Castration: Not Cutting Will Cut Profits

Matt Claeys

Castration is an essential procedure in a competitive commercial cow-calf operation. When done properly, castration of the bull calves will increase the return to the operation. In a recent study, conducted by the Tennessee Department of Agriculture, a number of factors were analyzed for their effect on the price of feeder cattle. Specifically focusing on castration, thirty-nine percent of the male feeder cattle marketed were marketed as bulls from April 1992 through March 1993. The bull calves were discounted an average of $2.09 per hundred weight when compared to the steers.

The major concern of feeding bulls is the marketing system. The beef marketing system favors steer carcasses. The steer carcasses can be marketed through a greater number of channels than bull carcasses. Feedlot managers prefer steers to bulls for a number of reasons. Generally, steers are easier to handle and more docile than bulls. Steers are also not as rough on equipment and are easier to manage as new individuals added to feedlots.

Castration should occur when the calf is rather young. Many producers will castrate their calves when they are two or three days old. Older calves tend to suffer a greater set back from the castration (which cost the producer money) and are more difficult to handle and restrain for the procedure. The latest castration should be done is one month prior to weaning to avoid any extra stress from the weaning process. Bull calves castrated at or following weaning can still retain a staggy appearance and attitude that the feedlot operator discounts. Purebred operators can still castrate bull calves that are culls and still realize some profit. Particularly when one considers the cost of reputation from selling cull bulls as breeding stock. Most often purebred yearling bulls that result in culls should be taken to slaughter as bulls and not castrated and marketed as stags.

The choice of castration method will be determined by the preference of the operator, age and weight of the calf, and the time of year the procedure is being performed. In all techniques the hands and castration instruments should be sanitized between each calf to prevent the spread and/or introduction of infection.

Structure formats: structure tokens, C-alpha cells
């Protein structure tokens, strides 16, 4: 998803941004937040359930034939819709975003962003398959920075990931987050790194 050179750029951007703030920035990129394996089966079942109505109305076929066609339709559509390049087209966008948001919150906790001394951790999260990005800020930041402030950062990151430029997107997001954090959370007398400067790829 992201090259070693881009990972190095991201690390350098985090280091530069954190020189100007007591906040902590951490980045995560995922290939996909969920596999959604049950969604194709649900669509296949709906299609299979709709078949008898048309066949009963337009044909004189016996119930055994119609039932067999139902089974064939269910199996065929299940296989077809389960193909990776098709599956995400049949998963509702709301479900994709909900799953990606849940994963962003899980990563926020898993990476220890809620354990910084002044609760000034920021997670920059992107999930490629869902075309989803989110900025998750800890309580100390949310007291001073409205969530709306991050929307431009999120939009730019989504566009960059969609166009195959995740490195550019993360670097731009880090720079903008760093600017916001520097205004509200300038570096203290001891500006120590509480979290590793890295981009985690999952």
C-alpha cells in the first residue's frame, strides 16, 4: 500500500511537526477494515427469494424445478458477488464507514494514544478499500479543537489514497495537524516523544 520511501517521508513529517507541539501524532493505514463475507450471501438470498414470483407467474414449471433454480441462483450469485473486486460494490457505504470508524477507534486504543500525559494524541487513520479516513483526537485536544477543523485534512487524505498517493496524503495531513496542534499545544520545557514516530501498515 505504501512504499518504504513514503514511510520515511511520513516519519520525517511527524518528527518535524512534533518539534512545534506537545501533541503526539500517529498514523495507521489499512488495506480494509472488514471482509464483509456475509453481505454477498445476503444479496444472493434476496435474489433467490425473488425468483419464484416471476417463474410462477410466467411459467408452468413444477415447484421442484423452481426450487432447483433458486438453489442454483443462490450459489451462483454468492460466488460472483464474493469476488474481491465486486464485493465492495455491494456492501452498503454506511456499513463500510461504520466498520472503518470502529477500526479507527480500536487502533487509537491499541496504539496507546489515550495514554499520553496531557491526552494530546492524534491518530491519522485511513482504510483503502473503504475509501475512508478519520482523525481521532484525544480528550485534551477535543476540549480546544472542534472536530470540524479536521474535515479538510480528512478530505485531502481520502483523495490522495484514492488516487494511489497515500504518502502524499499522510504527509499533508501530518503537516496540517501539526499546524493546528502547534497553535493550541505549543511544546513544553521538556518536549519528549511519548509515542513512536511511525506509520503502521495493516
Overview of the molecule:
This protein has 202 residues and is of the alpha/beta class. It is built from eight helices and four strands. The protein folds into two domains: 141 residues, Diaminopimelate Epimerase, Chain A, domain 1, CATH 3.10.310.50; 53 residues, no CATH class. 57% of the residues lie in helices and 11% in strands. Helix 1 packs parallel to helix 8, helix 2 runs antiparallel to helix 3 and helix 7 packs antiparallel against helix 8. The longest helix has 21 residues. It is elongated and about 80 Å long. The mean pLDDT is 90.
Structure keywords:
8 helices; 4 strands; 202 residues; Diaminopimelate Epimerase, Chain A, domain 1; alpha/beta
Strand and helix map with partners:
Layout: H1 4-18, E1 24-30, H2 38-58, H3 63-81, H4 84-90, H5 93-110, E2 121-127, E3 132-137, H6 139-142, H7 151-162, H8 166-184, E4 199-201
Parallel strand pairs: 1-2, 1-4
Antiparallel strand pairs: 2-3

Three methods of castration will be discussed. The methods will range from bloodless to surgical removal of the testicles. In each case the advantages and disadvantages will be mentioned for the various procedures.

Emasculatome (Burdizzo). The burdizzo can be utilized as a bloodless method of castration. This method shuts off the blood supply to the testicle and causes the testicle to be reabsorbed if properly done. The clamping procedure is completed the best when the bull calf is standing and restrained with a tail hold. Prior to starting, make sure the burdizzo closes or clamps down properly. Then use the instrument to crush each cord individually. As the calf is restrained place a cord to the outside of the scrotum wall and clamp about midway between the testicle and the scrotum- belly wall junction. Hold the burdizzo with one hand on the far handle and the other handle against ones knee. With the free hand check to see that the cord has not slipped out and be sure not clamp part of the inner quarter of the calf or the tail. Close the burdizzo and hold for a few seconds. Then clamp the other cord using a gap of uncrushed scrotum and prevent it from falling off. DISADVANTAGES of this method is that the result can easily be clamped bulls that are stags. This can be due to improper technique or equipment (a sprung burdizzo).